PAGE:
Though the Apple site is initially expected to employ fewer than 100 full-time workers, legislators said the potential prize was so juicy it justified changing the state's corporate tax formula to benefit a single company.

Is Apple hoping to compete with Google's online cloud-computing capabilities or is a new video service like Hulu in the works? How do you think Apple will use its new online muscle?

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Filed under: Apple • computers • Google • Hulu • Internet


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New PS3 games out this week

Posted: 09:55 AM ET

Step into the shoes of an ordinary man who becomes extraordinary in the single-player game "Infamous" for the PlayStation 3. Or check out the heroic world of "Cross Edge," also for the PS3, where you're on a quest to find and release souls.

It's time to get your game on - CNN's David Daniel has the scoop on the biggest video game releases in this week's Gameplay:

Filed under: video games


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Microsoft's Zune HD to debut this fall

Posted: 09:39 AM ET

Microsoft Corp. on Tuesday announced it will release a new portable media player this fall. The Zune HD, with its rectangular design and touch-screen navigation, looks as if it is designed to compete with Apple's high-end iPod Touch, which is pretty much like an iPhone without the phone.

Among the Zune's new features is the fact that it can play HD radio over a Wi-Fi Internet connection. That sets it apart from some other media players, but, as San Francisco Chronicle blogger Ryan Kim writes, new features alone won't help any of Apple's competitors to take down the iPod Touch. The real power of the Zune HD may be in its ability to link up with Microsoft's gaming service, Xbox Live.

As we know, a list of features alone can't unseat Apple. Ask SanDisk and others. But if Microsoft can really integrate the Zune HD with Xbox Live and extend its media offerings across a number of devices, it'll have a compelling story for people who may be interested in having a cross-platform approach for entertainment. Tune in next week for more info.

CNET says Microsoft may have more details about how Zune HD will work with Xbox next week at E3, a major gaming and entertainment conference in California:

The software maker also said that at next week's E3 trade show in Los Angeles it will announce details on a new Zune-branded video service for the Xbox that will replace the current Xbox Live marketplace for TV and movies. The company didn't announce details or specifically say that content will be playable on both Zunes and the Xbox.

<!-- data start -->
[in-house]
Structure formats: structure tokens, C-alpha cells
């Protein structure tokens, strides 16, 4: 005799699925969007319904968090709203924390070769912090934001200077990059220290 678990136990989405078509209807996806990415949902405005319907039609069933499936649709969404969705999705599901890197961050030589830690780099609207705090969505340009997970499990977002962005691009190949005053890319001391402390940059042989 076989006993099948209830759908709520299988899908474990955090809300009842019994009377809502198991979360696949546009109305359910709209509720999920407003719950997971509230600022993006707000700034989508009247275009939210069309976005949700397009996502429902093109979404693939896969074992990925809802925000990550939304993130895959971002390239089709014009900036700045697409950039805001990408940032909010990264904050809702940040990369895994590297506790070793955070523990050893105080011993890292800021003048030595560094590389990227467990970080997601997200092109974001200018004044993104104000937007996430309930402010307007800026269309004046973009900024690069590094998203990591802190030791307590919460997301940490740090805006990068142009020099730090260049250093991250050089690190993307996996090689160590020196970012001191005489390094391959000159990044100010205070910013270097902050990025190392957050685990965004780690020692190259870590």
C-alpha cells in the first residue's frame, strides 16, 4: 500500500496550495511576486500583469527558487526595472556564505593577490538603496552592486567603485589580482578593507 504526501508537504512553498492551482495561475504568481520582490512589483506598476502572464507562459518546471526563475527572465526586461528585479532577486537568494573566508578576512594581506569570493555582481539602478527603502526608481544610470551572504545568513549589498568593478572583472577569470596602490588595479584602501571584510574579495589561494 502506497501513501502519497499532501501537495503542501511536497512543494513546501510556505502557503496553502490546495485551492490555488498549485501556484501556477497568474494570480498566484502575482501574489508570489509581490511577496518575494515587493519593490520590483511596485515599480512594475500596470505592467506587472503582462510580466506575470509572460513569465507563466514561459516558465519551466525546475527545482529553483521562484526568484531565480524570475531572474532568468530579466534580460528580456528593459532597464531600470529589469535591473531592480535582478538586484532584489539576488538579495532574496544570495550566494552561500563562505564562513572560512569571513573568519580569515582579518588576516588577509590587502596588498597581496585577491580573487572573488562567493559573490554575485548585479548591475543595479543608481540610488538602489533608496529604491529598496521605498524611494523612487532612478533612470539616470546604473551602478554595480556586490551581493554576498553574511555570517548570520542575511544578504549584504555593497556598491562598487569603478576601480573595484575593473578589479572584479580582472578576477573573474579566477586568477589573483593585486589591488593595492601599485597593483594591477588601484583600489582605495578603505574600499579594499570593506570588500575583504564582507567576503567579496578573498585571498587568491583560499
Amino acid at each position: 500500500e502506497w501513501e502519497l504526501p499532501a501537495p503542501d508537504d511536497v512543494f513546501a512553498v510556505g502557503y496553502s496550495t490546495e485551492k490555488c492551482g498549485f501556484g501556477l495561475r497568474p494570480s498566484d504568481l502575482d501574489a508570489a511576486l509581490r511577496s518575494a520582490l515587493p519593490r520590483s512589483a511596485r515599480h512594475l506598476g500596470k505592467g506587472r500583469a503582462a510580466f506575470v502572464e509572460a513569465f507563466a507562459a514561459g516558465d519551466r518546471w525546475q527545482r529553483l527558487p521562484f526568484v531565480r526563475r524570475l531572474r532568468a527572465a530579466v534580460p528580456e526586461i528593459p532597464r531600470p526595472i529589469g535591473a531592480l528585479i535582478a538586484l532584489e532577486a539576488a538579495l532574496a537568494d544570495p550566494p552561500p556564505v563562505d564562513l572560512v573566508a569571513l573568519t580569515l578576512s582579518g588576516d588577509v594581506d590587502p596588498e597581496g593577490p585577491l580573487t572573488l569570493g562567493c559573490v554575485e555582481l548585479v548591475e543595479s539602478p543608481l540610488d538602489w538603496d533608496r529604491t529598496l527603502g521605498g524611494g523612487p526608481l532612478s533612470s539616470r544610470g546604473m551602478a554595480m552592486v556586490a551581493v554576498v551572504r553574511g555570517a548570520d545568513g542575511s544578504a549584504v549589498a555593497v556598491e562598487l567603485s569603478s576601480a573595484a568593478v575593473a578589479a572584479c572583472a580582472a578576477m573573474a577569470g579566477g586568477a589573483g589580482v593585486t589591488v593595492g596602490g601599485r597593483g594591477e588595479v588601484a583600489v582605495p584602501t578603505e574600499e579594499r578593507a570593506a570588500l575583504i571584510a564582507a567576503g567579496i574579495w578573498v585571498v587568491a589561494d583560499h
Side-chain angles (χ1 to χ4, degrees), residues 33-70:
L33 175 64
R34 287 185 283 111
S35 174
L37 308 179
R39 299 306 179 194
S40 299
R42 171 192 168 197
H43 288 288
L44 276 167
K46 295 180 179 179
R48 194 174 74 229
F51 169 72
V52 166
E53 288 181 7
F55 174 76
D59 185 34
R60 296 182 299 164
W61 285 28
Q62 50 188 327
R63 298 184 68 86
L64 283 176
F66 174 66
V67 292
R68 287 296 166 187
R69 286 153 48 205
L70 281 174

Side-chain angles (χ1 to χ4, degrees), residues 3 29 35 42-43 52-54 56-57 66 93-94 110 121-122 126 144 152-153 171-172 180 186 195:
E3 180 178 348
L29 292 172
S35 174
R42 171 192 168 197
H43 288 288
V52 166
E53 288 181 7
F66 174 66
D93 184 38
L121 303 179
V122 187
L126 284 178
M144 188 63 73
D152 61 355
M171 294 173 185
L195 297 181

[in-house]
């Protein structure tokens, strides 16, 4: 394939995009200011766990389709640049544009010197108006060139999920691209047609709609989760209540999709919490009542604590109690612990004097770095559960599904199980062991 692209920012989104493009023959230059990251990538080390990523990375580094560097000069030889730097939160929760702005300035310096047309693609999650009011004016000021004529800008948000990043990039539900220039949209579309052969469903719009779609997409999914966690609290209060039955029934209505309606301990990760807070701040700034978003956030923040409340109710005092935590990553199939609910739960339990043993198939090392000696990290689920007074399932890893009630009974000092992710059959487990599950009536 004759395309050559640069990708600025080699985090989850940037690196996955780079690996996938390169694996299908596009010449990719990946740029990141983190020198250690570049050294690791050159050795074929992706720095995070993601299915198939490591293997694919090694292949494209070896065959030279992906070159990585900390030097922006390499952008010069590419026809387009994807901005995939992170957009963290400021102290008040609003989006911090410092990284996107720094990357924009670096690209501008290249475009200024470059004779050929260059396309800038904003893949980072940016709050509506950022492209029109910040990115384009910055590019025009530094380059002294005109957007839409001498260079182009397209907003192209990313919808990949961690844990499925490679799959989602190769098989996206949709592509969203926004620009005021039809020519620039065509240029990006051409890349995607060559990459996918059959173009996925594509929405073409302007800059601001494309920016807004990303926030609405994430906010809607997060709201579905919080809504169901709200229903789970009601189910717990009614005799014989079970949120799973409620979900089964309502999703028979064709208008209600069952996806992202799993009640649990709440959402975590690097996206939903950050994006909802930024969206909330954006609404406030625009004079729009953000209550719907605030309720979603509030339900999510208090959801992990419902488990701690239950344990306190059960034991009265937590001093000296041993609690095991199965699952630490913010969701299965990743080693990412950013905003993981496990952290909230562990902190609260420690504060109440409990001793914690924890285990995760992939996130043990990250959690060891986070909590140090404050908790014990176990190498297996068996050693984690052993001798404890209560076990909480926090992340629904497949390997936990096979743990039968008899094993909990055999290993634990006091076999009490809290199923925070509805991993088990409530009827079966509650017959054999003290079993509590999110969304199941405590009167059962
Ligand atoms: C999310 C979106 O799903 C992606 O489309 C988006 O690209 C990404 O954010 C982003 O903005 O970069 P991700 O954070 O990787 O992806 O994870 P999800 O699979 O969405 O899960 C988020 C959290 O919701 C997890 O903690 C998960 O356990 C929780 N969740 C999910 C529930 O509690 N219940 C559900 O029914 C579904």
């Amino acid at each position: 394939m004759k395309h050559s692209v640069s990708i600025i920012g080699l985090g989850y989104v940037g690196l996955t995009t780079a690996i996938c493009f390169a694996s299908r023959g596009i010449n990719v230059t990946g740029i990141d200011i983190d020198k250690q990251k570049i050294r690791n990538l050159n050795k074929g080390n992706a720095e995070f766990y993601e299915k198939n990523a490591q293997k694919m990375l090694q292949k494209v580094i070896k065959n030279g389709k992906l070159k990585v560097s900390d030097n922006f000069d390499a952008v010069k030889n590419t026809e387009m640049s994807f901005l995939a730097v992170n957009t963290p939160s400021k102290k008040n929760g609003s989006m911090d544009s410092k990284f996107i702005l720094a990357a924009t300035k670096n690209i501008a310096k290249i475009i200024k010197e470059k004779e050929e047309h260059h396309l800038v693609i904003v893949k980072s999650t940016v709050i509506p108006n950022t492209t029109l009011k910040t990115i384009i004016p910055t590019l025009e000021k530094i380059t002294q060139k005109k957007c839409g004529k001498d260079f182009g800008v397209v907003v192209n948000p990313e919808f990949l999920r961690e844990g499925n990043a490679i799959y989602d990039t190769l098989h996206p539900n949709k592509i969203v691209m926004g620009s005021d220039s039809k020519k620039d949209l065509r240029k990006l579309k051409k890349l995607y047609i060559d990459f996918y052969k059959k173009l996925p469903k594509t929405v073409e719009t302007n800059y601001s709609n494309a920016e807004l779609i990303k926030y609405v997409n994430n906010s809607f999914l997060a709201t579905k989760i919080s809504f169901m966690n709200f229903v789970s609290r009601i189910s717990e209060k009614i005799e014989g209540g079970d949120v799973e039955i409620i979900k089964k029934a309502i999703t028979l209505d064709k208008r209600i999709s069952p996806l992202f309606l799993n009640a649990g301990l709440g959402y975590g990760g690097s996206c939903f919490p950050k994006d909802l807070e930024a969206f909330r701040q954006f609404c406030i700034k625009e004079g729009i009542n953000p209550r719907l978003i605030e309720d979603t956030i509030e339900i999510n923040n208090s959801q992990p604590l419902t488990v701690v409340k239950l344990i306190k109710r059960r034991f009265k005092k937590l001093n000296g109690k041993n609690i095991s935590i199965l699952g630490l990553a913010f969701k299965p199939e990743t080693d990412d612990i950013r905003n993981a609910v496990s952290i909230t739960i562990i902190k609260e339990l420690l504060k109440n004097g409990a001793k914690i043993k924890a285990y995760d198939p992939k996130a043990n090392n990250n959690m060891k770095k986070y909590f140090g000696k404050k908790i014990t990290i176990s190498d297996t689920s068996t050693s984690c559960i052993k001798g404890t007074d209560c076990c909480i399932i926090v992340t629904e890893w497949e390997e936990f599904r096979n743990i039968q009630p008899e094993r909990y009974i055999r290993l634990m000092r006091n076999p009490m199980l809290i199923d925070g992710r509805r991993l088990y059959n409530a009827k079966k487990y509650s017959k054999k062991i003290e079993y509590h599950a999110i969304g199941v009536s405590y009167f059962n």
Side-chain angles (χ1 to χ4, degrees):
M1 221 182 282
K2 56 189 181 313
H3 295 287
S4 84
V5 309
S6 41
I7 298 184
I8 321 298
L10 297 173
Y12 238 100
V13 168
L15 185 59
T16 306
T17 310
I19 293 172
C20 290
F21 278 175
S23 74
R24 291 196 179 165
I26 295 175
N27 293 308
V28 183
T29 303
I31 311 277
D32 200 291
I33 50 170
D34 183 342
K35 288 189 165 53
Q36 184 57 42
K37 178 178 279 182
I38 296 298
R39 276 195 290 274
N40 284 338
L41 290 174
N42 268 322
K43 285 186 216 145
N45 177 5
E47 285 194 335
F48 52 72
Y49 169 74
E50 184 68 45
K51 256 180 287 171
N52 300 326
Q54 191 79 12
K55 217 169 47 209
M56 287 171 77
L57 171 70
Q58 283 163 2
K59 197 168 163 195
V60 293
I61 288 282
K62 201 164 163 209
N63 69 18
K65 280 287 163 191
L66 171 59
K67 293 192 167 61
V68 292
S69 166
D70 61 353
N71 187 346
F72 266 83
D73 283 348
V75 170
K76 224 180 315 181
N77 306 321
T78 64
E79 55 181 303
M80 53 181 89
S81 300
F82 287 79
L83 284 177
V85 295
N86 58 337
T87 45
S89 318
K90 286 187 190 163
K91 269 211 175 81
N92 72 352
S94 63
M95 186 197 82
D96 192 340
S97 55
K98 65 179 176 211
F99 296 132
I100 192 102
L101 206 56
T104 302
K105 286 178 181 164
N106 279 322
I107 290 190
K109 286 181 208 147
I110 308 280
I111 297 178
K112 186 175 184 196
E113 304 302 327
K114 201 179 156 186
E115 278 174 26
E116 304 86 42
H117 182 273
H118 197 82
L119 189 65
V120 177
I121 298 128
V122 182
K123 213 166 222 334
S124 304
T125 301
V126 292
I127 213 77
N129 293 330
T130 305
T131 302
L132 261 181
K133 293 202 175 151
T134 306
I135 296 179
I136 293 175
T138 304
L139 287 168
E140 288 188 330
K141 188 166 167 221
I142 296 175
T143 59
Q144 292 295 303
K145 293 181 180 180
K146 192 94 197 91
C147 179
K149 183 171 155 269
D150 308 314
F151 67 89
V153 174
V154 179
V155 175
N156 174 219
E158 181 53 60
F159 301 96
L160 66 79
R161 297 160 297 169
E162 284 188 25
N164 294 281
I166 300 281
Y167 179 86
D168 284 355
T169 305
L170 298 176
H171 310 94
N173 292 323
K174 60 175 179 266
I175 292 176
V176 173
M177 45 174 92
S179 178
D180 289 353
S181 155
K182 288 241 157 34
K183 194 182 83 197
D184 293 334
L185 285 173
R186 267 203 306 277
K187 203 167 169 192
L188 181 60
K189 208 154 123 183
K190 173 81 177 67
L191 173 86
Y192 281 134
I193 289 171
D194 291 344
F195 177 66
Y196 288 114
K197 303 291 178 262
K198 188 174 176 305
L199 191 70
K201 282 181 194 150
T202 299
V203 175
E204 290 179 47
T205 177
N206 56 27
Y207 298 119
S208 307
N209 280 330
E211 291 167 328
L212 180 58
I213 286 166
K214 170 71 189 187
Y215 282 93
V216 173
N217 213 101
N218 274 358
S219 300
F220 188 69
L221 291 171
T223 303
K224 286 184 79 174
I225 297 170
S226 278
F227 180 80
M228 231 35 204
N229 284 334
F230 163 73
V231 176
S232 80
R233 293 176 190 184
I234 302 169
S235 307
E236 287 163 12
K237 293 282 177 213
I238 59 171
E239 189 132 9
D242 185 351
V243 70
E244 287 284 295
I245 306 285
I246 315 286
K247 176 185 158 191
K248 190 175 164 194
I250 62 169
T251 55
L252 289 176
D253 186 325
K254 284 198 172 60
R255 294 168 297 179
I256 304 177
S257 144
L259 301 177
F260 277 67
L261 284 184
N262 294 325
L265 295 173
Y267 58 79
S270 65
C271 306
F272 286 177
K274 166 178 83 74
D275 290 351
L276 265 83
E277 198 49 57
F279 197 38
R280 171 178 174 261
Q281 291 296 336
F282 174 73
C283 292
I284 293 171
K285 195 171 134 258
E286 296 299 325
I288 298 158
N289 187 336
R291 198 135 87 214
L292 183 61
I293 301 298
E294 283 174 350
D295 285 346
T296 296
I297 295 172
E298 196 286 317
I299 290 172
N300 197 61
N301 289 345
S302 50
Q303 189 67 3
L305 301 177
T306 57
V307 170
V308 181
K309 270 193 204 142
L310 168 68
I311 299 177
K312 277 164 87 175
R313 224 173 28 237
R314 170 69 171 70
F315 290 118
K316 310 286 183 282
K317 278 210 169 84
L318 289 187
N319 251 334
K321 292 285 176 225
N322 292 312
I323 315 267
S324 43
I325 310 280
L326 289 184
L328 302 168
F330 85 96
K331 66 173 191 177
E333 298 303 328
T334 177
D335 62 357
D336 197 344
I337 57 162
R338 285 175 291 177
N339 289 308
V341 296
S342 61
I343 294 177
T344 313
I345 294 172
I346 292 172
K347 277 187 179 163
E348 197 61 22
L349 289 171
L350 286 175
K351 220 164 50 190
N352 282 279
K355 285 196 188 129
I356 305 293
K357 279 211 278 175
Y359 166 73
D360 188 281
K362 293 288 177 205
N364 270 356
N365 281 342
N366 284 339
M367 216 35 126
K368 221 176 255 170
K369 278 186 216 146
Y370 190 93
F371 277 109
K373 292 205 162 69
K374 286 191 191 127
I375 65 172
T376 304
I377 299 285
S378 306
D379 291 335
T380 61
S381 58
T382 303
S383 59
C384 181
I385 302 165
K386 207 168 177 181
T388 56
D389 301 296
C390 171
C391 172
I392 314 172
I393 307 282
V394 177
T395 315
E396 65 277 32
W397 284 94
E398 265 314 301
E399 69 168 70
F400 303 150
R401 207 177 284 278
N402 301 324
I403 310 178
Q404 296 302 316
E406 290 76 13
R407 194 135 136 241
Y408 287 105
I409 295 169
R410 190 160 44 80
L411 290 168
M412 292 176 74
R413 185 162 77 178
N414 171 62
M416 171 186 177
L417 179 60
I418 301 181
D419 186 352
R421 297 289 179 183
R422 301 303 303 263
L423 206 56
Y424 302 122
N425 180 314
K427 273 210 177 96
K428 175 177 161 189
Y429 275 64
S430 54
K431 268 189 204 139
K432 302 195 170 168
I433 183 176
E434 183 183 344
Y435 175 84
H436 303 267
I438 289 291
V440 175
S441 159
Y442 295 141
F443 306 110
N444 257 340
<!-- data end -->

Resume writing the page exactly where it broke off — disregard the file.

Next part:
As a newbie to the gadget world, here's my question: Why not link up the Zune HD with a phone? Or, put in Apple terms, why would you buy an iPod Touch when you can get the essentially the same device, with a phone, in the iPhone?

It seems that more gadgets are breeding and folding into each other. Video games are moving onto phones, as Wired reports. Phones are being used in South Korea to let people access public transit, check into their school classrooms and pay bills, accoridng to the New York Times. What's the advantage of having a separate media player?

That's meant to be a genuine question, not a snarky remark. I'd like to hear what you all think in the comments. Are you excited about the Zune HD? What do you think will come of Microsoft's announcements next week?

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Filed under: Apple • iPod • media players • Microsoft Corp.


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May 26, 2009

Twitter on TV?

Posted: 08:14 AM ET

Just when you thought reality TV had done it all, Twitter throws its virtual hat into the ring. The web site "has partnered with Reveille and Brillstein Entertainment to develop an unscripted TV skein described as 'putting ordinary people on the trail of celebrities in a revolutionary competitive format,'" according to Variety.com.

“Twitter is transforming the way people communicate, especially celebrities and their fans,” Reveille managing director Howard T. Owens said in a statement Monday. Owens expects the new project to “unlock Twitter’s potential on TV.”

However, Twitter's official blog stems any thoughts of a solely-twitterific show. Here's their statement:

Regarding the Reveille and Brillstein project reported today, we have a lightweight, non-exclusive, agreement with the producers which helps them move forward more freely.

So basically they have nothing - yet. But the world is abuzz with possibilities of Twitter TV. What do you think? Should Twitter become the sole "Survivor" means of communication on the island? Should the "Bachelorette" judge her men based on their 140-character love letters? Or have you had enough of this micro-blogging phenomenon?



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Filed under: Twitter


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May 25, 2009

Commentary: iPhone mania will outlast Palm Pre

Posted: 04:21 PM ET

Palm's newest entry into the smart phone battle, the Palm Pre, is scheduled to be released on June 6, just two days before the expected release of the iPhone's 3.0 software.